In 2011 and 2015 the month was tough, with Stoxx 600 falling 11% and 8.5% respectively
London: Markets like a good pattern. The current set-up is no exception, and is looking increasingly like 2015: a good first half, a Chinese slowdown, PMIs not picking up, late-cycle signs with central banks set to ease to boost growth. There are a few differences of course, and one of them is the trade war. This could go either way, and while there’s no panic yet, investors should be cautious as we test the market’s resilience.
August hasn’t been a great month for European shares since the start of the decade. In 2011 and 2015 the month was particularly tough, with the Stoxx 600 falling 11 per cent and 8.5 per cent respectively. The index is down 2 per cent so far this month.
“A market correction on trade-war escalation is always one tweet away,” says Oddo-BHF strategist Sylvain Goyon, arguing that investors got a wake-up call after the recent complacency. With earnings growth and macro indicators heading south, the equity risk premium cannot deflate and it would not be surprising to see the Stoxx 600 falling back towards the 370 level, Goyon says.
Looking at charts, the technical set-up is starting to look ugly. The European gauge is testing its upward technical trend started last December, after breaking its 50- and 100-day moving averages last week. The last time the index broke below its uptrend channel, back in April, we got a monthlong 7 per cent downside move. Granted, the uptrend back then was significantly steeper than now.
Last month, the Euro Stoxx 50 index failed to break above the 3,540 points resistance after some disappointment from central bank policies. The index is now facing the danger of continued profit taking, according to DZ Bank analyst Dirk Oppermann.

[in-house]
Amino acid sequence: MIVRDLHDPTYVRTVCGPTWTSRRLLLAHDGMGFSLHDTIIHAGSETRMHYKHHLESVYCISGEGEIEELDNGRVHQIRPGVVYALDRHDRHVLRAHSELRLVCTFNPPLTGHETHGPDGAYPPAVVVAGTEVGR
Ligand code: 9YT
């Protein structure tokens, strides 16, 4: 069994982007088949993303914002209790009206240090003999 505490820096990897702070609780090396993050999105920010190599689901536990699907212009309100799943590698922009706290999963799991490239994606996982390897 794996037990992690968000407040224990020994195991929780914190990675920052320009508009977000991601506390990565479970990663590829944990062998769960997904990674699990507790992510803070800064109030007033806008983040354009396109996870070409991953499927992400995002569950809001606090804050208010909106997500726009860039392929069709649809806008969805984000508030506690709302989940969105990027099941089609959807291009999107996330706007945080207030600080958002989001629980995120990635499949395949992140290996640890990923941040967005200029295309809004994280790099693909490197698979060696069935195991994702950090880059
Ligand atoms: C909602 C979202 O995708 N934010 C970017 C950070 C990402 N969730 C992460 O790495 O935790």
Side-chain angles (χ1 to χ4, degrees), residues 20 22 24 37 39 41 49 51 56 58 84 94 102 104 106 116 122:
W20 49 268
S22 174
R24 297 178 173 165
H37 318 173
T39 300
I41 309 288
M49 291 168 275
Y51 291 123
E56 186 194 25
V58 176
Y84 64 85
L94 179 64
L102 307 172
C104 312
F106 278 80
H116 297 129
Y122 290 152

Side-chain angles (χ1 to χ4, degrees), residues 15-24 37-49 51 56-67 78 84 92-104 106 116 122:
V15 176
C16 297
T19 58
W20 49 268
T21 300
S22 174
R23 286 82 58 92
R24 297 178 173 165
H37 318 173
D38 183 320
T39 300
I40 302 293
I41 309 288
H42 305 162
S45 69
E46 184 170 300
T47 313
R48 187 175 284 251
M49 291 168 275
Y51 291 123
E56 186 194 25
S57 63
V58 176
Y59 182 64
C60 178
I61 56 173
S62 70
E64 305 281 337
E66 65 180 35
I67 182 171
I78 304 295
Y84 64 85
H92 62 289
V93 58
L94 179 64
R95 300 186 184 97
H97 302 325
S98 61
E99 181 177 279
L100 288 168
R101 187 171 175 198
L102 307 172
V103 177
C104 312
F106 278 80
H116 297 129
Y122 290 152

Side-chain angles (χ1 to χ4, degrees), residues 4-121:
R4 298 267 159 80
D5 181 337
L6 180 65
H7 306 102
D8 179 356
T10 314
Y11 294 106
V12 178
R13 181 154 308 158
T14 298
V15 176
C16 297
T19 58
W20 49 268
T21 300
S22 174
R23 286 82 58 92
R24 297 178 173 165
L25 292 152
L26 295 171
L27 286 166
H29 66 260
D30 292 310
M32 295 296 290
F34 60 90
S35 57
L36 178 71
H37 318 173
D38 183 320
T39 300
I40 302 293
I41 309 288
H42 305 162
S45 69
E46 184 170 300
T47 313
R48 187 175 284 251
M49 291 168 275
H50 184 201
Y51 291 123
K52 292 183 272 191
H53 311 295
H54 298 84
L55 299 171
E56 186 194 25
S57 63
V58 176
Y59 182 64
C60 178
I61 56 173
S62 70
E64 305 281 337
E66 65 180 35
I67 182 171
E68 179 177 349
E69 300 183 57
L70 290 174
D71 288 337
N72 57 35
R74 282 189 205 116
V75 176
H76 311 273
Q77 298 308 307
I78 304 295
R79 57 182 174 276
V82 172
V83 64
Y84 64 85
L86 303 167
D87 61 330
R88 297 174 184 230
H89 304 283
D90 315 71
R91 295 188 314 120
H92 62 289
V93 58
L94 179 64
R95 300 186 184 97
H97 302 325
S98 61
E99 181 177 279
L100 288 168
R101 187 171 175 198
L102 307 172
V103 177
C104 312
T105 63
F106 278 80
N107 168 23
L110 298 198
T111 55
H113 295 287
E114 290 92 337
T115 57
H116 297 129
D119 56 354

That said, there is no sign of panic just yet. The implied volatility of the Euro Stoxx 50 rose last week, but didn’t surpass the highs seen last May. Continuous volatility selling flow from structured-product desks may be capping the move, and proper panic-selling might be needed before we see higher volatility levels.
Looking at market breadth, the signals aren’t too alarming either. The amount of members triggering a momentum sell signal is not elevated and same goes for stocks trading above their 200-day moving average.
The very short-term view offers some positives as the downtrend initiated after July’s ECB meeting has now reached the lower end again, particularly on the exporters-rich DAX index. Technical indicators like the Relative Strength Index (RSI) also show an oversold signal, which could trigger a bounce in markets at some point.
With China letting the yuan tumble to the weakest level in more than a decade on Monday and asking state-owned companies to suspend imports of US agricultural products, the ball is now back in President Trump’s camp. In the meantime, Euro Stoxx 50 futures are down 1.1 per cent ahead of the open, while S&P 500 futures are down 1 per cent.